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Irresponsible attitude to out-of-hours

I completely disagree with Professor Roger Jones on out-of-hours care and object to his ill-considered use of the words 'avarice' and 'idleness' when he talks about fellow members of his profession.

It worries me greatly that someone who should be promoting general practice could be thinking in these terms.

Perhaps Professor Jones would like to consider whether he currently has the right beliefs to be teaching potential GPs when he holds such an extreme view about his GP colleagues' moral standards.

I hope Professor Jones can reconsider his stance, and choose a more positive attitude, before he delivers his next lecture about general practice.

Dr Andy Lindop, Derby

Professor Roger Jones's comments in your debate are clearly his own, but represent a stark reminder that individual views are not necessarily reflective of the whole.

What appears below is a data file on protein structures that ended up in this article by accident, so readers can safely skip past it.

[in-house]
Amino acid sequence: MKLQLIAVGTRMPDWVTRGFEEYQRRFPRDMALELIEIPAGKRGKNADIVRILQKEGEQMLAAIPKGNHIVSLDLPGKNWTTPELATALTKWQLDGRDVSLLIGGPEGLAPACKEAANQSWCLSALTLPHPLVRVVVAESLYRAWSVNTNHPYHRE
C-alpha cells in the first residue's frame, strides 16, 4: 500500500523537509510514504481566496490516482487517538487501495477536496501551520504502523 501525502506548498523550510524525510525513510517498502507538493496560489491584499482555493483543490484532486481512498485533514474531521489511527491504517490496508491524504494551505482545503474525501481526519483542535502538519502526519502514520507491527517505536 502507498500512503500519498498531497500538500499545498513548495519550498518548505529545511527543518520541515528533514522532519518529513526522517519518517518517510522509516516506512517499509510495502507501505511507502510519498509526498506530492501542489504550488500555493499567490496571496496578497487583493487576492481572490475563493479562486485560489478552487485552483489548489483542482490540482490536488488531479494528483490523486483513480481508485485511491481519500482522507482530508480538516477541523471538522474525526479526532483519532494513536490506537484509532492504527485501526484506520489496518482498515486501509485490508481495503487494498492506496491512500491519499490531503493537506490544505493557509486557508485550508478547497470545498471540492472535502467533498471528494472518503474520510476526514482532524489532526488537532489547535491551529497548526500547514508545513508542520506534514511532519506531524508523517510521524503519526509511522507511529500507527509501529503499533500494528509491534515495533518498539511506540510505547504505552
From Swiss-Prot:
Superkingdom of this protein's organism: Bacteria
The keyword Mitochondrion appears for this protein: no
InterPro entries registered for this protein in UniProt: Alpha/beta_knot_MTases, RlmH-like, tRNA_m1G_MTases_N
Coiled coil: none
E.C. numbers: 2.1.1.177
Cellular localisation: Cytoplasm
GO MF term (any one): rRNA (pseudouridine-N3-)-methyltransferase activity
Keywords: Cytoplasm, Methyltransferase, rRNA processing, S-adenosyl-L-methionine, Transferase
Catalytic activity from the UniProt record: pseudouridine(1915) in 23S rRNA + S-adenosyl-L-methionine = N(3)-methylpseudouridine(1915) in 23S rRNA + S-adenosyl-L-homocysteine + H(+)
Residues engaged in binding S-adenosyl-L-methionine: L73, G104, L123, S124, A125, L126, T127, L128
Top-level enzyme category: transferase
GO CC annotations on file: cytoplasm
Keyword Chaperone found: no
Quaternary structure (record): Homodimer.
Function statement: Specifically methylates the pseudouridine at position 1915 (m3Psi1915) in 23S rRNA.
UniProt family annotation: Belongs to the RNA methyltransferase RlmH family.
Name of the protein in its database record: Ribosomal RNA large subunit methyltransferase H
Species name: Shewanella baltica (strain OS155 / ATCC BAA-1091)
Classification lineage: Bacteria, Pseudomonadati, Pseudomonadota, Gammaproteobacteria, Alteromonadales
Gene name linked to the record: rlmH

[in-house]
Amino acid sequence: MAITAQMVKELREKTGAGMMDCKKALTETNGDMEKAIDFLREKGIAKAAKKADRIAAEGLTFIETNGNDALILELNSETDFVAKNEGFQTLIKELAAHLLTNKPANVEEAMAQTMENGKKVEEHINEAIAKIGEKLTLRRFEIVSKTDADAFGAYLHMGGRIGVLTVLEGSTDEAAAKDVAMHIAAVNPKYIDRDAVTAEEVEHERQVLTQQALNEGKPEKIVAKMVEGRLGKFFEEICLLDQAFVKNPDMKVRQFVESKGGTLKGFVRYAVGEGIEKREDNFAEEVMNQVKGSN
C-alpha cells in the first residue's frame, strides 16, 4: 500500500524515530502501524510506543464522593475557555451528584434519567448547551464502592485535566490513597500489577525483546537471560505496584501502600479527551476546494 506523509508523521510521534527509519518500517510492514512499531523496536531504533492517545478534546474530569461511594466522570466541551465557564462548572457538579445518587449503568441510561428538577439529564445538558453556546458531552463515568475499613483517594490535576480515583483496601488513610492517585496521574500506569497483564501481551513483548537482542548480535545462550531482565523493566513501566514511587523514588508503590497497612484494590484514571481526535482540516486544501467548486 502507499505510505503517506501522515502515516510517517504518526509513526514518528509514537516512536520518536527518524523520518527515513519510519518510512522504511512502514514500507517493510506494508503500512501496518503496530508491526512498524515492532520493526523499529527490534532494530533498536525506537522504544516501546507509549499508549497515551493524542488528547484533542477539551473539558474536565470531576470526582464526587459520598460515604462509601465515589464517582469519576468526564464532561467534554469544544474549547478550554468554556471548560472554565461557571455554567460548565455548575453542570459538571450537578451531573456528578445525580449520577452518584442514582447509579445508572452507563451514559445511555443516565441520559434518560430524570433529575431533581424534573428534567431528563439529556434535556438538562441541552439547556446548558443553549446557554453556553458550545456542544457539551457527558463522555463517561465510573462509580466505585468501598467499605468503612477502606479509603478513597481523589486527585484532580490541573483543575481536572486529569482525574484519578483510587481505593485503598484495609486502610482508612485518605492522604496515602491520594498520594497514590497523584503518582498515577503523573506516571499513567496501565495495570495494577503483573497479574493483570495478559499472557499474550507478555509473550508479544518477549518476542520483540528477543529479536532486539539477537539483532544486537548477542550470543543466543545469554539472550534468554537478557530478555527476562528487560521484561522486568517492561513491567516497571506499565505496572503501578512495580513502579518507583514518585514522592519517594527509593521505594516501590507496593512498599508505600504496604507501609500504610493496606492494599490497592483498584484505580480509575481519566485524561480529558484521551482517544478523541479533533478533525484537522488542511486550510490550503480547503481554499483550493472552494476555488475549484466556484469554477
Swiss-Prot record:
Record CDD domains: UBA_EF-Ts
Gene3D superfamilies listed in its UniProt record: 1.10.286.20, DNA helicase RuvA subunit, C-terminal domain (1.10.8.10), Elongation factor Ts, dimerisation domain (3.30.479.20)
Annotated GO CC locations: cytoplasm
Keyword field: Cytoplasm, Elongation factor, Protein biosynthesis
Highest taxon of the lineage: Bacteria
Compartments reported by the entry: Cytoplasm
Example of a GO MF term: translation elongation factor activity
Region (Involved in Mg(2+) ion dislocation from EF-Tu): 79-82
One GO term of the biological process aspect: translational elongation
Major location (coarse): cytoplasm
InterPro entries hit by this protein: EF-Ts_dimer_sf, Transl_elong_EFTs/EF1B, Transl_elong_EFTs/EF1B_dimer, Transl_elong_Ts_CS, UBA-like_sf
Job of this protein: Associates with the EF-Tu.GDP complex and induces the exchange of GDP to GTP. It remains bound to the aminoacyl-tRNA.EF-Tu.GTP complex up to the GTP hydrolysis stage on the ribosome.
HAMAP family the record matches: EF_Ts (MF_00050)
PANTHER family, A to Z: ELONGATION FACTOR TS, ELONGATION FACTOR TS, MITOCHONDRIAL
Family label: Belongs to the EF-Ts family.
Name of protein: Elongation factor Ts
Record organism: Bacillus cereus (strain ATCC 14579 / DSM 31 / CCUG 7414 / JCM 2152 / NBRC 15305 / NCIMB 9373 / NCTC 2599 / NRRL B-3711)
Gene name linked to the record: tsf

This is a GP who has reached into academia, is part-time and possibly older than most of us.

For him to suggest that to decline out-of-hours work is a sign of laziness has clear disregard for younger full-time colleagues who are deeply troubled by the imposition of additional workload.

To suggest we should in effect practise reverse ageism and get colleagues 'in the early years' to shoulder the burden of out-of-hours is simply quite silly.

Both Pulse and our academic GP colleagues have a duty to remain in touch with the groundswell of opinion. Articles need to be published with care and attention, as they will be read by others as well as doctors.

To suggest we are in danger of deserving to be caricatured as lazy is irresponsible to the profession.

Name supplied, a GP in Fareham, Hampshire

Editor's note

Professor Jones's comments do seem to have elicited a strong reaction from some GPs.

They were made as part of a head-to-head debate, with the alternative view put by Dr David Bailey. Pulse does strive to be in touch with mainstream GP opinion, but we also have a duty to provide a forum for views across the spectrum of general practice, even when they are provocative.

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